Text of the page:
“I’ve grown up in southern Dallas County my whole life,” Anderson says. “I made a decision many years ago to specialize and stay in my own neighborhoods and work in them. I specialize in retail and office and mixed-use properties. I rehab hotels and old shopping centers. I actually owned this shopping center before. When the old Ace Hardware became available, I bought it back.
"The thought was, 'Who wants to go in one of these old shopping centers?’" Anderson says. "And the only thing we could get at the time was a 99 Cents store. The mayor came to me and asked, 'Is there anything better we can do?'”
Crazii Potatoez and a vegan eatery called Peace, Love & Eatz. There's also a bakery called Delightful Sweets.
“It’s not just about leasing space and making money,” Anderson says. “It’s really about curating the space, putting the right tenants in here — the right occupants. Everything from the photographer to the health club to dance, to food, to retail. Having a good mixture ensures someone is here all the time, and that something is going on here all the time.”
"There are not enough black-owned businesses, there’s not enough black-owned real estate, there’s not enough black-owned banks. The secret sauce is in the locals." — Monte Anderson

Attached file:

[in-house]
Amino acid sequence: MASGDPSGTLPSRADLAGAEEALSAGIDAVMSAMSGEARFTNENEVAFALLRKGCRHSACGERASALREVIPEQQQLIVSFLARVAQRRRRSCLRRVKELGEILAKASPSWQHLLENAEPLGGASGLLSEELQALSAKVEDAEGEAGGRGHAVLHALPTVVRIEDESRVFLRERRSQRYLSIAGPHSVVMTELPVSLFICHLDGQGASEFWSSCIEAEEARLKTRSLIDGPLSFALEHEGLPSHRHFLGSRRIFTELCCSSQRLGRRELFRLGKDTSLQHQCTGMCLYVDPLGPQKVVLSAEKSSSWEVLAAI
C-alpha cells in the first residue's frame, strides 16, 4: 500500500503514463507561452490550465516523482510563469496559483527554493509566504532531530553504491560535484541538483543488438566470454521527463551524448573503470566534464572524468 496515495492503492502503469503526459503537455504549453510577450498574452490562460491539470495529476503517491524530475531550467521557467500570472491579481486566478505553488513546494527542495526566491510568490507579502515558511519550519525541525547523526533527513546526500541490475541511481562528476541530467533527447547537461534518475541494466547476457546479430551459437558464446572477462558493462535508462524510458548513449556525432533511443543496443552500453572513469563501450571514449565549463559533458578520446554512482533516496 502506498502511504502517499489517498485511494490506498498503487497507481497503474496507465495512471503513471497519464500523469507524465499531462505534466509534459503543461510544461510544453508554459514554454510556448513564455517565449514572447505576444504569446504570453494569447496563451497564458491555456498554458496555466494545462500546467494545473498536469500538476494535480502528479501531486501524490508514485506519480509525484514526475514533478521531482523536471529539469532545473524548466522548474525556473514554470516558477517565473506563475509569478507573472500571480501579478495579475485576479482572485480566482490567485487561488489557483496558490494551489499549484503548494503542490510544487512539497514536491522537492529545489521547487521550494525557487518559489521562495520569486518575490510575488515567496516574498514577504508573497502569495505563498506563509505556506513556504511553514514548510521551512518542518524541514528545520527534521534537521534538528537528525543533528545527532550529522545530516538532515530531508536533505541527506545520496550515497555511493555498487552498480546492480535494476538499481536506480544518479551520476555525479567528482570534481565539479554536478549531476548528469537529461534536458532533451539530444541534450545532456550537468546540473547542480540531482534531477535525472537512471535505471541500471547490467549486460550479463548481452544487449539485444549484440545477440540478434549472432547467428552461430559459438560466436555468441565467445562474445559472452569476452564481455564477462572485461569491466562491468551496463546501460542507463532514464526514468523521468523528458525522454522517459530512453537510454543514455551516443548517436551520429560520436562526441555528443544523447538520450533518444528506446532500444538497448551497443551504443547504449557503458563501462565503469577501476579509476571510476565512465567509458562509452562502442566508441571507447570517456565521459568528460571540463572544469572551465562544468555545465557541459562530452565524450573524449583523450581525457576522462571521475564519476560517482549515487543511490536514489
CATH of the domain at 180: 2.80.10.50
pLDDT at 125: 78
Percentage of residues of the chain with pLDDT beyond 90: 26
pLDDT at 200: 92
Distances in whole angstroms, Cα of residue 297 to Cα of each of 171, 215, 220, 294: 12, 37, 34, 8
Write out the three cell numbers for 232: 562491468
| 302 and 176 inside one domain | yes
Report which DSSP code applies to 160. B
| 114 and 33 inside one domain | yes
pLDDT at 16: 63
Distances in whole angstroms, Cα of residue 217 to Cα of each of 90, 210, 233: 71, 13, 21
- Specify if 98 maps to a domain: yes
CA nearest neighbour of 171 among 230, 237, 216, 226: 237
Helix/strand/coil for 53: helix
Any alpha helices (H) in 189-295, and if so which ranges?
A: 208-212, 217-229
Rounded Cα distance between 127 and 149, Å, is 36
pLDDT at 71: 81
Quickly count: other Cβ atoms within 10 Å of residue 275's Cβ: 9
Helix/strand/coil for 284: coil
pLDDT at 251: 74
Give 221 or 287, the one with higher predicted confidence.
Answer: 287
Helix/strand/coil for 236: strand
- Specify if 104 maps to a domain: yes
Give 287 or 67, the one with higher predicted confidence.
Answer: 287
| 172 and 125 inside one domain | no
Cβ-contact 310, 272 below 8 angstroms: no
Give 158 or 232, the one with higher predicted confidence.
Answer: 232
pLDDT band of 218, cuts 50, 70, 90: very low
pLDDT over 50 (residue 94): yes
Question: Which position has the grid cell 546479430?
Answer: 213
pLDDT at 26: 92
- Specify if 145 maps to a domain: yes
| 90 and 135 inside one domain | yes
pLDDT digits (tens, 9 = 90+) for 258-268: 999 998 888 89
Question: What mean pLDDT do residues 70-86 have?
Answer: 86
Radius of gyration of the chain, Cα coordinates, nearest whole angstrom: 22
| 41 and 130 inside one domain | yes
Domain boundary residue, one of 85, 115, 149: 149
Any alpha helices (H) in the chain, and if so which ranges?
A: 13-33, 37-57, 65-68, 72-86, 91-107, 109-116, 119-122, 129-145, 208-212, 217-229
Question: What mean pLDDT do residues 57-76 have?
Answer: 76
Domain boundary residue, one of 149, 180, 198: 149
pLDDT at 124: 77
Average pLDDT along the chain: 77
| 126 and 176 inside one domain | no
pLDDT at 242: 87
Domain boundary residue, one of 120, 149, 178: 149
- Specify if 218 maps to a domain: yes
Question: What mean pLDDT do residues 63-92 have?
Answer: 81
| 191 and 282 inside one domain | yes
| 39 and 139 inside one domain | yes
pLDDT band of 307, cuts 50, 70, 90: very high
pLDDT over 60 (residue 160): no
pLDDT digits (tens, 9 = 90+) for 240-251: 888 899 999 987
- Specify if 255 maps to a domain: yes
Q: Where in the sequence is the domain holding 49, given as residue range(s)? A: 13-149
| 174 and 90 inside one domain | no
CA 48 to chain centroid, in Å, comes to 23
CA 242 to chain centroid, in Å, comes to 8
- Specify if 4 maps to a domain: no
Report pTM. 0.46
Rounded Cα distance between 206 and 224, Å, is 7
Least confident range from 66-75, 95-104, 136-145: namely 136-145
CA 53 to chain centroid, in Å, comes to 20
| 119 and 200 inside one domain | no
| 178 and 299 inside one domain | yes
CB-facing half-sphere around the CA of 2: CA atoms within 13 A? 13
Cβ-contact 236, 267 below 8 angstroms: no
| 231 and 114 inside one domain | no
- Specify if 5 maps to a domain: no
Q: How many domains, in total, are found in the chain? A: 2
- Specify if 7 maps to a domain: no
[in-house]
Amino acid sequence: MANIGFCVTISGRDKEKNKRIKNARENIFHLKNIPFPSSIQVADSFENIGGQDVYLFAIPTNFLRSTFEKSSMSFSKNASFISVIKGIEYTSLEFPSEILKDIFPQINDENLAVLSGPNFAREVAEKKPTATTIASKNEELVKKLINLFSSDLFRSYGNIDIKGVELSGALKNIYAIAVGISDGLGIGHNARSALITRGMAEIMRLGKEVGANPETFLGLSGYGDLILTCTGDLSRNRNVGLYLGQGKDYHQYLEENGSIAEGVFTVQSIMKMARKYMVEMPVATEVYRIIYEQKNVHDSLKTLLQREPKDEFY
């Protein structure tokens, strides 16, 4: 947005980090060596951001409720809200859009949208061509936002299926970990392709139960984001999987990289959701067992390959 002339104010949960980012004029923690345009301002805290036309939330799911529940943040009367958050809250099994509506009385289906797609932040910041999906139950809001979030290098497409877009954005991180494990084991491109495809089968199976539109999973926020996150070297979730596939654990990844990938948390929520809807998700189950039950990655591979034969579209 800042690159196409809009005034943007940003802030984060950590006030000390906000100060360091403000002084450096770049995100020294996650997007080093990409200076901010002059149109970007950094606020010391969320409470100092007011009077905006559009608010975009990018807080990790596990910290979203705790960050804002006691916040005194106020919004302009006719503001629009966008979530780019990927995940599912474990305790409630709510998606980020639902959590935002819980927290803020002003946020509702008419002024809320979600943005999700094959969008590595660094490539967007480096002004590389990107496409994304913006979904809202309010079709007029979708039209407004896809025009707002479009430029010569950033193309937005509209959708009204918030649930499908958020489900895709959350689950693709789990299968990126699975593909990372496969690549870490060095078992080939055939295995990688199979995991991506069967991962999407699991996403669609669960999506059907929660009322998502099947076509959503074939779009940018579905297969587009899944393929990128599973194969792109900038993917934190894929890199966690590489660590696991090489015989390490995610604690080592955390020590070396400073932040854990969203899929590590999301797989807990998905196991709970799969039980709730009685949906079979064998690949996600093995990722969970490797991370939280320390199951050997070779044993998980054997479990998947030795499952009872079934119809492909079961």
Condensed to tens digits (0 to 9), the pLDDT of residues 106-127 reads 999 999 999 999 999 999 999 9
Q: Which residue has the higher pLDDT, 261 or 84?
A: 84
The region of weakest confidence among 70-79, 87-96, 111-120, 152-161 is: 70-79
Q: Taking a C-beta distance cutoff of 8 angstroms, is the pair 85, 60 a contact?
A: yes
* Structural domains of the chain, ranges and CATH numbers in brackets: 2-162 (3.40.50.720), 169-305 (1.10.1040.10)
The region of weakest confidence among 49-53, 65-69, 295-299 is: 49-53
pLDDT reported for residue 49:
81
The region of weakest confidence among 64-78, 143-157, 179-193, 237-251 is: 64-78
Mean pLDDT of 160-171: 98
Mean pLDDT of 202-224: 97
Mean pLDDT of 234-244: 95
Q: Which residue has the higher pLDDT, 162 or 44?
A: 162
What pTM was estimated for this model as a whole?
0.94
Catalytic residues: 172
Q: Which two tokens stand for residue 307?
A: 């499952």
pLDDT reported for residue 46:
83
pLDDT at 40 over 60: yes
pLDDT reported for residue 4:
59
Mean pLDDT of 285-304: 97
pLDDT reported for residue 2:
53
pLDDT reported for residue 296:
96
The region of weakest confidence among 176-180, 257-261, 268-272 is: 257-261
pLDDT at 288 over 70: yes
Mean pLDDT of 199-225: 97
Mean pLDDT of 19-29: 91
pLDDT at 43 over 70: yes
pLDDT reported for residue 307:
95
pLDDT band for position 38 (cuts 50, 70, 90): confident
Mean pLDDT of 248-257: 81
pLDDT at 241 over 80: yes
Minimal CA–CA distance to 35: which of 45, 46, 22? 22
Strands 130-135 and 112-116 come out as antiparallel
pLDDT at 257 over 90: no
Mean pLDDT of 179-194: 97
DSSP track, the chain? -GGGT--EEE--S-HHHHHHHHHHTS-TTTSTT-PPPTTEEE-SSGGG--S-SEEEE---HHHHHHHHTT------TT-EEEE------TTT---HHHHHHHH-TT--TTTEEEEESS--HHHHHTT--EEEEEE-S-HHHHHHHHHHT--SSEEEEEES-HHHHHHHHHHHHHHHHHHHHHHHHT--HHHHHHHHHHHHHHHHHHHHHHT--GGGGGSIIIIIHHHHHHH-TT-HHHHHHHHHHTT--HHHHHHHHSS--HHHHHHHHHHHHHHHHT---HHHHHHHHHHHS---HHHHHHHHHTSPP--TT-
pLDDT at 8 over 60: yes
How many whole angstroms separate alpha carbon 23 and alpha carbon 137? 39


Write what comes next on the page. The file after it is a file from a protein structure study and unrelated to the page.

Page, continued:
In June 2017, a pitch day was held for those interested in becoming a part of the marketplace, and 40 applicants pitched their business. A committee oversaw the application process.
“I design handbags, hats and earrings," she says. "I was home-based at first. But a friend of mine who happens to be one of my clients told me about the marketplace. This is my first time stepping out so I’m looking forward to great things."
Another marketplace tenant is photographer Enoch Odu of Enoch Odu Studios.
"DeSoto is a neat community, a safe community. Dallas is cool, but I think there’s a lot of uncovered things here.” — Enoch Odu
“I grew up in DeSoto, but I was never actually here in DeSoto,” Odu says. “We didn’t do anything here. We’d wake up and shoot straight over to Dallas. That’s where I would conduct business. That’s where I’d meet friends. But DeSoto is a neat community, a safe community. Dallas is cool, but I think there’s a lot of uncovered things here.”
“What I find in the African American community is an extreme amount of creativity and a lack of experience when it comes to access to practice business,” Anderson says. “I think it’s so important that we figure out how to build wealth for local people, bottom line. There are not enough black-owned businesses, there’s not enough black-owned real estate, there’s not enough black-owned banks. The secret sauce is in the locals. It’s in the culture of the locals.”